“Have you ever actually eaten a mushroom?” I get asked this all the time. Yes, I have eaten a mushroom. The cause of this is usually someone who feels that they alone have the power to change my mind and cause me to love something that looks and feels like a small, spongy hat. They tell me that they can make me love a mushroom, that they have the recipe that will cause me to shout “Eureka!” and bless them and their mushroom strudel. To that I respond, “Better people than you have tried and failed.” In a battle of wills over mushrooms, I always win.
I was flipping through a Japanese cookbook a few years back, when I came upon an odd-looking creature wrapped in bacon. It looked a bit like a space alien, or maybe an anemone like you would see on the Discovery Channel in a program about the weird and wonderful species living on the bottom of the Marianas Trench. But it was a mushroom. An enokitake mushroom, to be exact. I had never seen anything like it. They were so intriguing. I knew I had to find some immediately.
enokitake get their name from the tree (take) on which they grow, the enoki (hackberry). In Japan, wild enokitake may still be found in markets. These look similar to the cultivated variety, but the caps are a darker color. In the US, wild enokitake are rarely available. The cultivated variety are much more common, with a flavor that matches the wild variety. Enokitake mushrooms are, in fact, very subtle in flavor. While often cooked in Japan, in dishes such as shabu-shabu, they are frequently eaten raw in the US. I have occasionally seen enokitake mushrooms in the supermarket, usually on the top shelf of the produce section, with many other foreign and infrequently-purchased items. They are more easily found in Asian markets. This is where I first was able to find the mushrooms. I bought them, as well as a package of bacon, so I could make obimake enoki. This is a wonderful and unusual dish that is great for parties. The unusual appearance will appeal to your guests, and the ease of preparation will appeal to you. I guarantee that even die-hard mushroom-haters will be impressed!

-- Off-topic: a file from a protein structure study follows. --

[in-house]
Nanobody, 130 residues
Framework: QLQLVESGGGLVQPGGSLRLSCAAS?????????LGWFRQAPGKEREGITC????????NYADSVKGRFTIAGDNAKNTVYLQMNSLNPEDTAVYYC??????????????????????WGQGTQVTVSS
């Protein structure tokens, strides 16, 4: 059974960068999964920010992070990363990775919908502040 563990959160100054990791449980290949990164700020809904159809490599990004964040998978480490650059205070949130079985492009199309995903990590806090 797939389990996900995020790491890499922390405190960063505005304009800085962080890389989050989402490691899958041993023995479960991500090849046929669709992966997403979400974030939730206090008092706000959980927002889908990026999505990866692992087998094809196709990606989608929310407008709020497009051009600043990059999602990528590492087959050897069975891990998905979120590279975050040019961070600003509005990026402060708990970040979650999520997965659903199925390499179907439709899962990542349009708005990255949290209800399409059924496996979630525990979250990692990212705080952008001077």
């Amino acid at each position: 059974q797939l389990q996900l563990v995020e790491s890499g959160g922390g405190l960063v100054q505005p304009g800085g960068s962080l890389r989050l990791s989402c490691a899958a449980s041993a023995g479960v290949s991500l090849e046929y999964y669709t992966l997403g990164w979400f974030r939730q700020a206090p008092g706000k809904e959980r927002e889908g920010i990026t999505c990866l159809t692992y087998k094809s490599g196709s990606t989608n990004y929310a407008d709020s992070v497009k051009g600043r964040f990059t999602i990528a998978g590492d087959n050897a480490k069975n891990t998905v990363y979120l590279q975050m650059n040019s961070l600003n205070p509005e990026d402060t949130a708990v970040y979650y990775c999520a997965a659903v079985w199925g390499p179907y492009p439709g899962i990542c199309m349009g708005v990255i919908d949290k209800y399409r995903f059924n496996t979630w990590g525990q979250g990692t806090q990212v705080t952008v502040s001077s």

Enokitake Mushrooms with a Sash
Adapted from The Cook’s Encyclopedia of Japanese Cooking, by Emi Kazuko (Anness Publishing Ltd., 2002)
1lb fresh enokitake mushrooms
6 strips smoked bacon
lemon wedges and ground pepper, to serve
Cut off the root part of each enokitake cluster ¾ inch from the end, making sure that you do not separate the stems. Cut the bacon strips in half lengthwise.
Divid the enokitake into 12 bunches. Wrap one halved strip of bacon around the middle of the enokitake, so you have an equal amout of mushroom showing on either end of the bacon. Tuck any short stems into the bacon . Secure the ends of the bacon with a toothpick. Continue wrapping each bunch with one halved slice of bacon. You should have 12 wrapped bunches when done.
Preheat the broiler to High. Place the enokitake rolls on an oiled wire rack. Broil for 10-12 minutes, turning as needed, until the bacon is crisp and the mushrooms begin to burn.
Remove the enokitake rolls from the rack. Cut each roll in half in the middle of the bacon belt. To serve, arrange the top half of the enokitake bunches standing up, with the lower half lying on the platter. Serve with lemon wedges and ground pepper.
Why is the mushroom the life of the party? Because he's a real fungi!